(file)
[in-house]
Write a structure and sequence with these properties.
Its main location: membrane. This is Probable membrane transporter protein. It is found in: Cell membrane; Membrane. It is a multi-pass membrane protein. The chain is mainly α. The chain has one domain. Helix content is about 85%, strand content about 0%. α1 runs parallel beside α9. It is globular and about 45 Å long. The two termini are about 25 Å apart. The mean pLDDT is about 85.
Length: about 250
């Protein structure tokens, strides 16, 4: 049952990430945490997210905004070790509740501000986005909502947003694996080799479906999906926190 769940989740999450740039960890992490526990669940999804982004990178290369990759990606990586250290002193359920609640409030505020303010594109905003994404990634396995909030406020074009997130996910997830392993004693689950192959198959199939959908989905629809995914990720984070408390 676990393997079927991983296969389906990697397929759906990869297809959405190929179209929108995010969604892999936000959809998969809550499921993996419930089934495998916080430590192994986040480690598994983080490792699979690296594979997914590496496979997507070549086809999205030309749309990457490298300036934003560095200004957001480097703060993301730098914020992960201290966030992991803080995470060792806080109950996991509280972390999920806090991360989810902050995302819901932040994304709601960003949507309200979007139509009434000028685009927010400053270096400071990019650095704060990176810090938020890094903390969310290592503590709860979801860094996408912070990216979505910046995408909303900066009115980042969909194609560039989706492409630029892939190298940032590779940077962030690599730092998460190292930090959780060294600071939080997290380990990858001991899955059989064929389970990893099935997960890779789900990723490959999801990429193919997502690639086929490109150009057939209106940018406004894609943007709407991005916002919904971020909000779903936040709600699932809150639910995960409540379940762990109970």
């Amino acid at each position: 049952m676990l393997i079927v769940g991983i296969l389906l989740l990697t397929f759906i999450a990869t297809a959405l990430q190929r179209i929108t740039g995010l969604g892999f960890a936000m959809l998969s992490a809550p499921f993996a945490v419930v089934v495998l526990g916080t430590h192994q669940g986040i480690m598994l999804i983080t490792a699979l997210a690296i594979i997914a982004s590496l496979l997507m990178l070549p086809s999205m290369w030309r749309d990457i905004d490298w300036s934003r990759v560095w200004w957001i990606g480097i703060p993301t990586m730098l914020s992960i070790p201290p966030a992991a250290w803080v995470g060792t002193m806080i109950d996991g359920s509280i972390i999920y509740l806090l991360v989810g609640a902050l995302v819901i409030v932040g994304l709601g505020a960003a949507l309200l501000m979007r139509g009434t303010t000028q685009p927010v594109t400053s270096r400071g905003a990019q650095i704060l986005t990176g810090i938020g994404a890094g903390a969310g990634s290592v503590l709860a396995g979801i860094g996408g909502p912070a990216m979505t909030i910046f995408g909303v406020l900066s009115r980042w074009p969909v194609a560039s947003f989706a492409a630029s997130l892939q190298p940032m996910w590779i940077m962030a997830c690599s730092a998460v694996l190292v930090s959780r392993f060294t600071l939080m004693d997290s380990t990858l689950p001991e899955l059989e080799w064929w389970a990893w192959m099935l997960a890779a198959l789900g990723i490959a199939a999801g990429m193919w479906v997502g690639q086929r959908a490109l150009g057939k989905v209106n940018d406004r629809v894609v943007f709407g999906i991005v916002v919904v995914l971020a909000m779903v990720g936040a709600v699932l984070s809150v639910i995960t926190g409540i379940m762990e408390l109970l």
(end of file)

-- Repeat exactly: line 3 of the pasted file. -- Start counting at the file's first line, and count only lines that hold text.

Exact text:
Its main location: membrane. This is Probable membrane transporter protein. It is found in: Cell membrane; Membrane. It is a multi-pass membrane protein. The chain is mainly α. The chain has one domain. Helix content is about 85%, strand content about 0%. α1 runs parallel beside α9. It is globular and about 45 Å long. The two termini are about 25 Å apart. The mean pLDDT is about 85.